What does androgyny mean?
Androgyny refers to the gender expression of someone with both significant masculine and significant feminine characteristics, as Kyle Elliott, MPA, CHES, explains. It’s important to note though, that each person’s definition of androgynous can and will vary — what one person considers to be significantly masculine or feminine characteristics may be different than what another person considers.
Androgyny is not defined by the societal boundaries of “looking like a girl,” or “looking like a boy,” as Shawnnell Batiste, licensed therapist in Texas and Louisiana, explains, but rather a “pure self-expression.”
What does the term ‘androgyne’ mean?
When you see the term ‘androgyne,’ this refers to a person who identifies as androgynous.
Is being androgynous the same as sexual orientation?
Nope! “While often confused, gender identity, gender expression, sex, and sexual orientation are each distinct,” Elliot explains. Gender identity is how you feel, gender expression is how you express yourself, and sexual orientation refers to the gender(s) you’re attracted to. Androgyny is a gender expression, so it’s separate from gender identity, sex, and sexual orientation. You can be androgynous and be straight, gay, asexual, or any other orientation, as being androgynous has nothing to do with your sexual preferences, adds Katherin Winnick, sex coach at LetsTalkSex.net.
To help clarify the definition of androgyny further, here’s some more background on the term from writer Sophie Saint Thomas:
What comes to mind when you hear the word androgyny? Maybe it’s a celebrity, like David Bowie or Ruby Rose, who dresses and presents themselves in a way that toes the line between masculine or feminine. If so, you’ve nailed it—the word comes from the 14th century and is a combination of andr, for man, and gyne, meaning woman.
The term androgynous isn’t often used within the queer community these days—it’s mostly used within the fashion world, or you see it popping up to describe a pop star. “Androgyny is a way of presenting yourself with both masculine and feminine characteristics,” explains Kelly Wise, PhD, a New York City–based sex therapist.
While androgynous is more of a fashion term these days and not so much a term used within the queer community, it speaks to the societal pressure to look a certain way. For instance, gender isn’t just a binary of male and female—it includes trans folks (someone whose gender assigned at birth by a doctor does not match their gender identity), genderqueer folks (someone whose gender fluctuates and has different gender identities at different times) and nonbinary folks (someone who doesn’t identify on the gender binary or solely as one of those two genders).
Likewise, sexual orientation doesn’t just include straight and gay but rather encompasses those who are bisexual (attraction to your own gender and genders other than your own), pansexual (attraction to people regardless of their gender), and queer (an umbrella term within the LGBTQ community).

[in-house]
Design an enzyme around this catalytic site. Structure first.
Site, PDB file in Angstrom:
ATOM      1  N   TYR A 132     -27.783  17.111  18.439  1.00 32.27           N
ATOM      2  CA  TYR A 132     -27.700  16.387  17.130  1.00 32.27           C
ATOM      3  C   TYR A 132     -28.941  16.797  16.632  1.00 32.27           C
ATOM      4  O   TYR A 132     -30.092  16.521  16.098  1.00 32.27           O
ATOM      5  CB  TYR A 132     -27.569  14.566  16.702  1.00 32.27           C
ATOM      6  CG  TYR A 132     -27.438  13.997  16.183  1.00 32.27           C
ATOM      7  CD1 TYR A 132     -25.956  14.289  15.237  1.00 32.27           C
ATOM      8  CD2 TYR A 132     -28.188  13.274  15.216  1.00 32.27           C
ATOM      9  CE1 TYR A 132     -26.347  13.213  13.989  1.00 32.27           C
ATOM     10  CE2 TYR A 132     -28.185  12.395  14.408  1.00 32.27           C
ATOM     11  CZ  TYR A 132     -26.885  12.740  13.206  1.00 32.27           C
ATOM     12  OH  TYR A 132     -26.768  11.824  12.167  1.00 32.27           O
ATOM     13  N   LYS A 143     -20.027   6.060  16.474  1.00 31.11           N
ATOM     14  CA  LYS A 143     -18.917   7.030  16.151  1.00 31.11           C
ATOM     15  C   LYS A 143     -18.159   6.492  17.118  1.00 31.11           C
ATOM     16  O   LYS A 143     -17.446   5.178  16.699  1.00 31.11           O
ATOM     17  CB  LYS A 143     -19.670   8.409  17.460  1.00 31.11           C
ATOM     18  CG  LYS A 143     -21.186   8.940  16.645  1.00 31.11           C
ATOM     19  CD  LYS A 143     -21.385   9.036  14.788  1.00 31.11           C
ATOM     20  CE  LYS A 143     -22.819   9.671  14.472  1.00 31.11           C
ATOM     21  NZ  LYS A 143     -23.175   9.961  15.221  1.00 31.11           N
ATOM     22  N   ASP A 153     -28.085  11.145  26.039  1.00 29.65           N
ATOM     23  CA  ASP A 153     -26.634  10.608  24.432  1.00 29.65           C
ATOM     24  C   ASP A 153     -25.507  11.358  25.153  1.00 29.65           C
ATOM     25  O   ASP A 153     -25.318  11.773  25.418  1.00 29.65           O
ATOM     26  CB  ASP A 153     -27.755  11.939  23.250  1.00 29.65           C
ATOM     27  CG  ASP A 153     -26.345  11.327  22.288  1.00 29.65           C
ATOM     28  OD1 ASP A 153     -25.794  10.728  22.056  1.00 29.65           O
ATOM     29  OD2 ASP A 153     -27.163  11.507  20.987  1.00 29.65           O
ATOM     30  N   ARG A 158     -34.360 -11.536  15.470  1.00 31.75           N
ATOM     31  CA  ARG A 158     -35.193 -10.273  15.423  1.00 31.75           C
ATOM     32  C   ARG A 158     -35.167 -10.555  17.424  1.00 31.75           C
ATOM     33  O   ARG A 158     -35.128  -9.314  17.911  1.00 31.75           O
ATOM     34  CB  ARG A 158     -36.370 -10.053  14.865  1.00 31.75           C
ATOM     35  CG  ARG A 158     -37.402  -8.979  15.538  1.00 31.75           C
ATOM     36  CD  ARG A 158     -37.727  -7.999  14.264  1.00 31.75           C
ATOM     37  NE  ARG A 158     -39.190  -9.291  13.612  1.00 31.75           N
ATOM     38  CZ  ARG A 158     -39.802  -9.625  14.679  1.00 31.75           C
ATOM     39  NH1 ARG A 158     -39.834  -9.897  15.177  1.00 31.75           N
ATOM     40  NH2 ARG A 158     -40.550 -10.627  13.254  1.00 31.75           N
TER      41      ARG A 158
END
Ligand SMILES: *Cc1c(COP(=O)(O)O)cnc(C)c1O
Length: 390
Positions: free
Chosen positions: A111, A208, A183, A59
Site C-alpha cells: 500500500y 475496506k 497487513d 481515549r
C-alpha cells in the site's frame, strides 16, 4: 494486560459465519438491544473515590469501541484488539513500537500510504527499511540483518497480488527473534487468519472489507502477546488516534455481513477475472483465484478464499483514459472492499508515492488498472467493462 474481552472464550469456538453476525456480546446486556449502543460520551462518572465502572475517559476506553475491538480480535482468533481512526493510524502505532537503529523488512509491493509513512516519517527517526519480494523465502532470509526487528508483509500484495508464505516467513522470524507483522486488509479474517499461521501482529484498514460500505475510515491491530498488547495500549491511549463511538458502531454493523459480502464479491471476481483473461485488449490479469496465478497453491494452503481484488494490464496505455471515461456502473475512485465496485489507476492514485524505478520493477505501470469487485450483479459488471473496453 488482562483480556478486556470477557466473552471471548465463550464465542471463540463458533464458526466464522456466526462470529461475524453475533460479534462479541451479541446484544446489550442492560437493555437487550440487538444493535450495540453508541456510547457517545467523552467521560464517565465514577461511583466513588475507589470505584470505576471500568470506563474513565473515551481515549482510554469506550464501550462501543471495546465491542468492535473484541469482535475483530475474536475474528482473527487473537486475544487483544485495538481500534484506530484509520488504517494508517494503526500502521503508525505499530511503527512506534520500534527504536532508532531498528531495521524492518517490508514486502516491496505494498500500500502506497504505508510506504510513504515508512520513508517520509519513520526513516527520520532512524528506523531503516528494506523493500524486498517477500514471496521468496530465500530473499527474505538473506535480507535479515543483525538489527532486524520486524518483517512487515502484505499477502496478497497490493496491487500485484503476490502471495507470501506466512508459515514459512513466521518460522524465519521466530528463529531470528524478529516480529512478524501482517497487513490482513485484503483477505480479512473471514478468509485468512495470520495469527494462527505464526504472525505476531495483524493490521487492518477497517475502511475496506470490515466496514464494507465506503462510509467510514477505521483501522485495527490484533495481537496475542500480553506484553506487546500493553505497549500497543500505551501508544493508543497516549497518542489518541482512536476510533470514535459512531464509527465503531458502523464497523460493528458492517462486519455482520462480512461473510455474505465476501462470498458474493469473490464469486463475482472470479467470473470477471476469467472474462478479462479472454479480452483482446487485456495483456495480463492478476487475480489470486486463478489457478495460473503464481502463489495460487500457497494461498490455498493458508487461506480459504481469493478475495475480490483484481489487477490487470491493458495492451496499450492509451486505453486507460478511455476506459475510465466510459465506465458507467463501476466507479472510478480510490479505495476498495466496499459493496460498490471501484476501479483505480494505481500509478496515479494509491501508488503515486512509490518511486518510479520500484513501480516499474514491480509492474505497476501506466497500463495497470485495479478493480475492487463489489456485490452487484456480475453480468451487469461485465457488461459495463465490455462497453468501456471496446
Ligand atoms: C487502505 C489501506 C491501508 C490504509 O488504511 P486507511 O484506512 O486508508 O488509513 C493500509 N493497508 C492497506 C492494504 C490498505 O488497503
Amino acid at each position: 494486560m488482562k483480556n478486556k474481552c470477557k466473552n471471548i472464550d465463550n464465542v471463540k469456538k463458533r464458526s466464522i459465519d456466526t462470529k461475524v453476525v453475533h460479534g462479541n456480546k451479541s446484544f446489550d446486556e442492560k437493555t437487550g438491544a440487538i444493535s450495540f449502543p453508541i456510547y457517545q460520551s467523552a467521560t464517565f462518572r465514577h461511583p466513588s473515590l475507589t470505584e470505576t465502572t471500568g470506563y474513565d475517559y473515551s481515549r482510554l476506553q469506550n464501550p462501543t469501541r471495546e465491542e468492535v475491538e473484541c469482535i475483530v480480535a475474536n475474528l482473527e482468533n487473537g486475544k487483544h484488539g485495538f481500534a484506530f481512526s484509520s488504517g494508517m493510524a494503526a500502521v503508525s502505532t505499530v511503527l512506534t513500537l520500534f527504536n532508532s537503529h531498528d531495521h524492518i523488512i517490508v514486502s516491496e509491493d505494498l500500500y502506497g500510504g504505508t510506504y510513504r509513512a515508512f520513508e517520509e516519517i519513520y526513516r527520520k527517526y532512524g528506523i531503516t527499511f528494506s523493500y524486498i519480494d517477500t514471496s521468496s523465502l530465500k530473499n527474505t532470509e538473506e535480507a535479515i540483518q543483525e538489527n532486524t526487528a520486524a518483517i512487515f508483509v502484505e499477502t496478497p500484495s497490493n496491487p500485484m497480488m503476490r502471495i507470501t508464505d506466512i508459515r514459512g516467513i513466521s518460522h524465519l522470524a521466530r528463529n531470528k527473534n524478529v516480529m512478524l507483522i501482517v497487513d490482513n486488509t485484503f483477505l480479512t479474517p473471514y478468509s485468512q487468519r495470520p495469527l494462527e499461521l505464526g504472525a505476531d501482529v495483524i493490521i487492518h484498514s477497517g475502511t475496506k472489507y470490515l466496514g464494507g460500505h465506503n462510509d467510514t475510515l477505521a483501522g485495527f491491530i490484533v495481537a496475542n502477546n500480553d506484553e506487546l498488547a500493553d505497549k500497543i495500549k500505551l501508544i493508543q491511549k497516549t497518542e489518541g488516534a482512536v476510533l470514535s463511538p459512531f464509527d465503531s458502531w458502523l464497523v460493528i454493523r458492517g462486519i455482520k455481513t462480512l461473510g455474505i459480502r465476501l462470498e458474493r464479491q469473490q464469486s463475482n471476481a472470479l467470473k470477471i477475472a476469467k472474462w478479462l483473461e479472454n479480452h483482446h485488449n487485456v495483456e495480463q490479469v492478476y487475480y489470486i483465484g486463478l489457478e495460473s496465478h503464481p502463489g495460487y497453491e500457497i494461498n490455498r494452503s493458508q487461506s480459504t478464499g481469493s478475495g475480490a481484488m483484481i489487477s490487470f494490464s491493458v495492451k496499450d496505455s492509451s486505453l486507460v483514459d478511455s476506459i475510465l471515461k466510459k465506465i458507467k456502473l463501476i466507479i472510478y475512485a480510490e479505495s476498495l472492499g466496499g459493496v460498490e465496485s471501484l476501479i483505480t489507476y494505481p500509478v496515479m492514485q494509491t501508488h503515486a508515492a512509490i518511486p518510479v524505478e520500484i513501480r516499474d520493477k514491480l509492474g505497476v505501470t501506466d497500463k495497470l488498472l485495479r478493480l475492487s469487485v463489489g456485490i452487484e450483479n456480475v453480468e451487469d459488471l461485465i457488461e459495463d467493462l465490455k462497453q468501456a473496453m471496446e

“There’s pressure if you don’t fit within the gender binary, to become that middle ground,” says Liz Powell, PhD, a LGBTQ-friendly sex therapist. “You can’t present as someone who fits within the gender binary because then people get confused.”
I relate to this as a bisexual and queer person—despite being bisexual and having a girlfriend, I’m very “high-femme,” meaning I’m a queer person who presents and engages in traditionally feminine clothing, makeup, and activities like spa days. Sometimes when I’m mistaken for straight, I wonder, if I looked more androgynous, would that happen less?
“Androgyny was a term initially created to describe people who didn’t fit within the expressions of gender that were expected of them, but it doesn’t necessarily speak to their internal gender identities,” Powell says. “I have a good friend who does not identify within the gender binary, who dresses exclusively in long dresses and wears makeup. So their presentation is very clearly along femme lines, but that femme-ness does not make them cisgender.”
Androgyny as a style choice—something anyone can play with—can be fun. But it’s still important to maintain the distinction between how someone chooses to look or dress and how they identify on the inside. Expecting a certain presentation—like for femme-presenting people to dress “girly” or masculine-presenting people to dress “manly”—is harmful.
“To me, a very limited way of thinking about androgynous is how gender neutral–clothing is almost always men’s clothing,” Powell says. “The idea is that it’s okay for women to wear men’s clothing, it’s okay for them to want to present closer to men, but anyone who was assigned male at birth and wants to wear dresses or makeup, or look more generally femme, that’s a problem.” It shouldn’t be, because anyone should be allowed to explore their style, and I can’t be the only one who finds men in makeup hot.
So explore and encourage yourself and others to enjoy androgynous looks—just remember it’s not a term often used within LGBTQ circles because we have our own terms and phrases, and it’s a bit outdated.
And just one more friendly reminder: The way someone dresses doesn’t define their gender or orientation.
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